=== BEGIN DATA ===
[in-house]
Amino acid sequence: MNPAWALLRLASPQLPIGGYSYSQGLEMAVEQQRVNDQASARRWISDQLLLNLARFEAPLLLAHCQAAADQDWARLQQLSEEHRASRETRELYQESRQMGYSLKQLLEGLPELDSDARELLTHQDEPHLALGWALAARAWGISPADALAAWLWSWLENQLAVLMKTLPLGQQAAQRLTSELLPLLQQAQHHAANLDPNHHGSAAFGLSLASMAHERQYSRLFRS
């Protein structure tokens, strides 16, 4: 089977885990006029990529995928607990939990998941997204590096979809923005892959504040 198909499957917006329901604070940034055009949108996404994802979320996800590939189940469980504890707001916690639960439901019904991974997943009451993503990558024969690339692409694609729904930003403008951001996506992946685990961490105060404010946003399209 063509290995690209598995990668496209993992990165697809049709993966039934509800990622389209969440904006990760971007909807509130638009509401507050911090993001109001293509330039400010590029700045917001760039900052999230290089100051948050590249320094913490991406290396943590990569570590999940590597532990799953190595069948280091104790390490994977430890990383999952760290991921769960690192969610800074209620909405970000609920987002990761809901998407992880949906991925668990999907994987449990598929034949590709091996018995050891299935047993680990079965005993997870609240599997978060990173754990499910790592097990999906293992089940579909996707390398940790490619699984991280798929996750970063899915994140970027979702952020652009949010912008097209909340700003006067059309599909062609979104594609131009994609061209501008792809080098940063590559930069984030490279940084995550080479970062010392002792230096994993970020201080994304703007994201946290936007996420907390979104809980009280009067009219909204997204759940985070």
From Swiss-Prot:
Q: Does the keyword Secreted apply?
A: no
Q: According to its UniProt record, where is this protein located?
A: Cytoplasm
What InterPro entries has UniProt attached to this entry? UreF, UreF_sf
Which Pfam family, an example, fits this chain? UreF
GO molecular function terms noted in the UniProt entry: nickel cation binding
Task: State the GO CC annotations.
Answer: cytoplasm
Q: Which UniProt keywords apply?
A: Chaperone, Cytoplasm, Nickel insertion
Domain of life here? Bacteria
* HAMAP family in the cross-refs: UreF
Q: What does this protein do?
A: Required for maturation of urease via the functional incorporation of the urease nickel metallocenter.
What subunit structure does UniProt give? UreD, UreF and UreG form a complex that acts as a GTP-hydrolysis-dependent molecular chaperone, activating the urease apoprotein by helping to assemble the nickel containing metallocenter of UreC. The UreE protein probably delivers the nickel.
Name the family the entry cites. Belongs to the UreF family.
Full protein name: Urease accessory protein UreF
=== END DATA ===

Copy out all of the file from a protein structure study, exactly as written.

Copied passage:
[in-house]
Amino acid sequence: MNPAWALLRLASPQLPIGGYSYSQGLEMAVEQQRVNDQASARRWISDQLLLNLARFEAPLLLAHCQAAADQDWARLQQLSEEHRASRETRELYQESRQMGYSLKQLLEGLPELDSDARELLTHQDEPHLALGWALAARAWGISPADALAAWLWSWLENQLAVLMKTLPLGQQAAQRLTSELLPLLQQAQHHAANLDPNHHGSAAFGLSLASMAHERQYSRLFRS
């Protein structure tokens, strides 16, 4: 089977885990006029990529995928607990939990998941997204590096979809923005892959504040 198909499957917006329901604070940034055009949108996404994802979320996800590939189940469980504890707001916690639960439901019904991974997943009451993503990558024969690339692409694609729904930003403008951001996506992946685990961490105060404010946003399209 063509290995690209598995990668496209993992990165697809049709993966039934509800990622389209969440904006990760971007909807509130638009509401507050911090993001109001293509330039400010590029700045917001760039900052999230290089100051948050590249320094913490991406290396943590990569570590999940590597532990799953190595069948280091104790390490994977430890990383999952760290991921769960690192969610800074209620909405970000609920987002990761809901998407992880949906991925668990999907994987449990598929034949590709091996018995050891299935047993680990079965005993997870609240599997978060990173754990499910790592097990999906293992089940579909996707390398940790490619699984991280798929996750970063899915994140970027979702952020652009949010912008097209909340700003006067059309599909062609979104594609131009994609061209501008792809080098940063590559930069984030490279940084995550080479970062010392002792230096994993970020201080994304703007994201946290936007996420907390979104809980009280009067009219909204997204759940985070």
From Swiss-Prot:
Q: Does the keyword Secreted apply?
A: no
Q: According to its UniProt record, where is this protein located?
A: Cytoplasm
What InterPro entries has UniProt attached to this entry? UreF, UreF_sf
Which Pfam family, an example, fits this chain? UreF
GO molecular function terms noted in the UniProt entry: nickel cation binding
Task: State the GO CC annotations.
Answer: cytoplasm
Q: Which UniProt keywords apply?
A: Chaperone, Cytoplasm, Nickel insertion
Domain of life here? Bacteria
* HAMAP family in the cross-refs: UreF
Q: What does this protein do?
A: Required for maturation of urease via the functional incorporation of the urease nickel metallocenter.
What subunit structure does UniProt give? UreD, UreF and UreG form a complex that acts as a GTP-hydrolysis-dependent molecular chaperone, activating the urease apoprotein by helping to assemble the nickel containing metallocenter of UreC. The UreE protein probably delivers the nickel.
Name the family the entry cites. Belongs to the UreF family.
Full protein name: Urease accessory protein UreF